the company provides andexanet alfa according to the commercial arrangement.
1.2 Andexanet alfa is recommended only in research for reversing anticoagulation from apixaban or rivaroxaban in adults with life-threatening or uncontrolled bleeding in the skull (intracranial haemorrhage; ICH), in the form of an ongoing randomised trial mandated by the regulator.
Why the committee made these recommendations
Apixaban and rivaroxaban are anticoagulants used for preventing and treating thromboembolism (blood clots). They can increase the risk of major bleeding, which may be life-threatening. If someone has a major bleed the anticoagulation effects need to be reversed. Andexanet alfa aims to reverse the effects of apixaban and rivaroxaban, in case of uncontrolled or life-threatening bleeding.
There is no clinical trial evidence directly comparing andexanet alfa with existing treatments, including prothrombin complex concentrate. An indirect comparison suggests that andexanet alfa improves survival in people with gastrointestinal bleeding or ICH, but lowers survival for people with bleeds in other parts of the body. However, there are differences between the populations in the 2 studies, so the results of the indirect comparison are uncertain. There is no robust evidence that andexanet alfa reduces long-term disability in ICH.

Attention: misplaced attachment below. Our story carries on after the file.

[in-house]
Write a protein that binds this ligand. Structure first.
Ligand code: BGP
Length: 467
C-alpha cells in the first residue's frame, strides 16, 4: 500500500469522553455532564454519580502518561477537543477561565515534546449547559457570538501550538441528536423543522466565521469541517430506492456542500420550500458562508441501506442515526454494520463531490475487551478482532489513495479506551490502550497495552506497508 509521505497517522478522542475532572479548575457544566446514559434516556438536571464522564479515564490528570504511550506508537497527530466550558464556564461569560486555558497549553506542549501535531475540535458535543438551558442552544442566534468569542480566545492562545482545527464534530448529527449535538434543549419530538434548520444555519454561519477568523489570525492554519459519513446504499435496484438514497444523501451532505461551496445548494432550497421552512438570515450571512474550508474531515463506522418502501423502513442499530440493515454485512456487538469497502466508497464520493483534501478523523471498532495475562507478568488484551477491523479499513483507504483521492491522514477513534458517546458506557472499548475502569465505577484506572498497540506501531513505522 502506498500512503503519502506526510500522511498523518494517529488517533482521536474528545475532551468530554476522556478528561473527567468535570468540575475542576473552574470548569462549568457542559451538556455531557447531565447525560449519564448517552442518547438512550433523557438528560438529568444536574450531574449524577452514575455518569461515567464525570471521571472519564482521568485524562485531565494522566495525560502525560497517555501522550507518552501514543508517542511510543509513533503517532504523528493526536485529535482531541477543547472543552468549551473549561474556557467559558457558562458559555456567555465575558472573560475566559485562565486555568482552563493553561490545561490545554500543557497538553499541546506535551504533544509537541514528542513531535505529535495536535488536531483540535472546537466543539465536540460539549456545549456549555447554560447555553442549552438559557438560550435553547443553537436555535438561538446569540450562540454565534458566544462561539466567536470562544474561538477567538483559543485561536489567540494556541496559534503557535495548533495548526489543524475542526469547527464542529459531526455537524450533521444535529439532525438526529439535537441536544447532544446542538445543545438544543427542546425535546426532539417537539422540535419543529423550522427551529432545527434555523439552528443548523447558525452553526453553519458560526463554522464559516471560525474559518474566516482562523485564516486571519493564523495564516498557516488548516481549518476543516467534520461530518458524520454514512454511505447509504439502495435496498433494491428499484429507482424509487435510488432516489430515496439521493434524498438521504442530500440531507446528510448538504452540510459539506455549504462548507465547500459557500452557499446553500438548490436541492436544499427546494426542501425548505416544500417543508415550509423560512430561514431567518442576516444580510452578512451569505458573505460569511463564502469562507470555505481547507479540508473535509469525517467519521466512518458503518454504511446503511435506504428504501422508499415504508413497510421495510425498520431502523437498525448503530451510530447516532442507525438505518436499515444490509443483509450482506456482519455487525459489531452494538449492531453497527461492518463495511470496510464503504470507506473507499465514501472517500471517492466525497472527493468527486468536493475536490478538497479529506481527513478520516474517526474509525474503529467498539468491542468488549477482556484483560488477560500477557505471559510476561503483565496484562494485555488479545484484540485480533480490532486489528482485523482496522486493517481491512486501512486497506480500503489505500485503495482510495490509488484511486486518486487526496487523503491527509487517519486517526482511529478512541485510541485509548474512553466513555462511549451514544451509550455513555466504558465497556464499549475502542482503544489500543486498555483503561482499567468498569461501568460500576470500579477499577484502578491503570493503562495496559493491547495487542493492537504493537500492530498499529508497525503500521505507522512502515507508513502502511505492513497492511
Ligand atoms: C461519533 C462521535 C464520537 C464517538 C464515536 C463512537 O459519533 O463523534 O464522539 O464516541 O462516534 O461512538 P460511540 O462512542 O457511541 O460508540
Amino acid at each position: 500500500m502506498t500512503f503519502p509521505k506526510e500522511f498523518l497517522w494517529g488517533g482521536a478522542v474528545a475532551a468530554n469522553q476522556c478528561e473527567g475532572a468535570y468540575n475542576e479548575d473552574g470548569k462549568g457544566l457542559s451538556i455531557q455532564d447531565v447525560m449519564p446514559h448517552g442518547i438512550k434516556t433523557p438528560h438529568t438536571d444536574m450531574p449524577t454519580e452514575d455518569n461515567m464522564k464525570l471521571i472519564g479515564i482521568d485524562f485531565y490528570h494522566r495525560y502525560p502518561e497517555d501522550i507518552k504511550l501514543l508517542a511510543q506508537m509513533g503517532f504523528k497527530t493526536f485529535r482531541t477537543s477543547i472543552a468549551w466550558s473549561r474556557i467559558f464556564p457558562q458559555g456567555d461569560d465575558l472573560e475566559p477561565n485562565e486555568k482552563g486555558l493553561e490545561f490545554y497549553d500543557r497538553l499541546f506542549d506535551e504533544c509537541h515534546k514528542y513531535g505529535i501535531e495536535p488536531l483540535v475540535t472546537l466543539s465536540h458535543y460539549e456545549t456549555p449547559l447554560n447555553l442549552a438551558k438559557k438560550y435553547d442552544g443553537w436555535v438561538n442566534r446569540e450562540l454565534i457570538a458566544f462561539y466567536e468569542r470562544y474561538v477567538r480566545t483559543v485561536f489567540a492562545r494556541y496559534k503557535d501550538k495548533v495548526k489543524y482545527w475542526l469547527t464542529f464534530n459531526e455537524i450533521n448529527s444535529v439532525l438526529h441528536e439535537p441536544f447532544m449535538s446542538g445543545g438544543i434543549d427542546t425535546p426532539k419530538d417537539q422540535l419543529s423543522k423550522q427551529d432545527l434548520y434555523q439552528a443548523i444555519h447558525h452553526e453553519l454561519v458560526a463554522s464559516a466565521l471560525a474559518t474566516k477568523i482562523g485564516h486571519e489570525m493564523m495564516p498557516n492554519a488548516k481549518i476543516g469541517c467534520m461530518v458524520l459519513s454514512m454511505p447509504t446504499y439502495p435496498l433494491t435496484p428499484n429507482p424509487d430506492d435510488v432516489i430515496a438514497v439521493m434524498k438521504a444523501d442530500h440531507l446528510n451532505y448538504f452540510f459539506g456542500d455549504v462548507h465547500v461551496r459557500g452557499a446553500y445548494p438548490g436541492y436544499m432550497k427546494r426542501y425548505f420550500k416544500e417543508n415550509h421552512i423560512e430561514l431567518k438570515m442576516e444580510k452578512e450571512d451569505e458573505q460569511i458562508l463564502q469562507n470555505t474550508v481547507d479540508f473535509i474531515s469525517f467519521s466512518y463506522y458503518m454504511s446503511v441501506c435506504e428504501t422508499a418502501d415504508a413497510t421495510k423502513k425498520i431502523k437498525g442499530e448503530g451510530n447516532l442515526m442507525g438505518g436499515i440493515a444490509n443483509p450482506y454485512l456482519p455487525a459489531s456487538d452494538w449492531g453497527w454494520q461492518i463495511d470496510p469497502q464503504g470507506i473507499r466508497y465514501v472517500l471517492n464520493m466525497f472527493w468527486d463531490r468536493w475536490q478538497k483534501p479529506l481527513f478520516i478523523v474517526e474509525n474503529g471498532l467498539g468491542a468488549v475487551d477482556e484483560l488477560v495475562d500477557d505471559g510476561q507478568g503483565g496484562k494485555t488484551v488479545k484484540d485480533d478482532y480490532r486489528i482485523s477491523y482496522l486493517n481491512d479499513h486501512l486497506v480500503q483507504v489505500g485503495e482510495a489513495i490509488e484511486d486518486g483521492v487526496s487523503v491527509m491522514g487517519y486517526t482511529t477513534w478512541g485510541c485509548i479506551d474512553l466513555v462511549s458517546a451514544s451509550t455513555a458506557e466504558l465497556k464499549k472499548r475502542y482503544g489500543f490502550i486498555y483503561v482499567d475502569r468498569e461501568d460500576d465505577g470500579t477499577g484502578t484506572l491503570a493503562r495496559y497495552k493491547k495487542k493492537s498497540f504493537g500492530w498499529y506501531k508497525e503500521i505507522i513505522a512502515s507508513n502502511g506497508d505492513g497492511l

Because of the limitations of the clinical evidence, the cost-effectiveness estimates for andexanet alfa are uncertain. They are likely to be within what NICE considers a cost-effective use of NHS resources for gastrointestinal bleeding, but not for ICH or bleeds in other parts of the body. Therefore, andexanet alfa for reversing anticoagulation is recommended for routine use only in gastrointestinal bleeding. It is recommended only in research in ICH.